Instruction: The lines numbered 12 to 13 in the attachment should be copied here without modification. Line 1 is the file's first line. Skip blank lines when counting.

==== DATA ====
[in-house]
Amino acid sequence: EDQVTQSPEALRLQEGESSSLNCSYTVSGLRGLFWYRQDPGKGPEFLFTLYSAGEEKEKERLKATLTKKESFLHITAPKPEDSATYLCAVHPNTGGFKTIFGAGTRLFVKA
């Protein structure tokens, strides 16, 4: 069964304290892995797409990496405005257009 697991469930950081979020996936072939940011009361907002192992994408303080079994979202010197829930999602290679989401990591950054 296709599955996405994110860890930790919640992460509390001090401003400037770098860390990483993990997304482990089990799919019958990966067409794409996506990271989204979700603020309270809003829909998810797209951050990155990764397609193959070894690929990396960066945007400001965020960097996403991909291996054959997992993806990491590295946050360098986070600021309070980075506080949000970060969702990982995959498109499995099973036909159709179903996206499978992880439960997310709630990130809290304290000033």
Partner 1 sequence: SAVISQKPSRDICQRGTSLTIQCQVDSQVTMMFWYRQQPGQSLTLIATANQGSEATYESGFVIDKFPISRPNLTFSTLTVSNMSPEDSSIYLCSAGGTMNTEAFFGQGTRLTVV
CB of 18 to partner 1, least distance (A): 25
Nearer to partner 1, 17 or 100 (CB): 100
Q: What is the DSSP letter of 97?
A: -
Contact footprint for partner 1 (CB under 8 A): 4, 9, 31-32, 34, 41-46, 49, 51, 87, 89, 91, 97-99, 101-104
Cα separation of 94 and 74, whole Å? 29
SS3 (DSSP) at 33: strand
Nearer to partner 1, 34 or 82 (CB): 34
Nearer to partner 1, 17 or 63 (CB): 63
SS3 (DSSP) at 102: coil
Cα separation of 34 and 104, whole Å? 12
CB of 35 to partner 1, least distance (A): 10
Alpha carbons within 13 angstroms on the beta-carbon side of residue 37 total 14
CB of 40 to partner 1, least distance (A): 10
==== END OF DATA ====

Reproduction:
Nearer to partner 1, 34 or 82 (CB): 34
Nearer to partner 1, 17 or 63 (CB): 63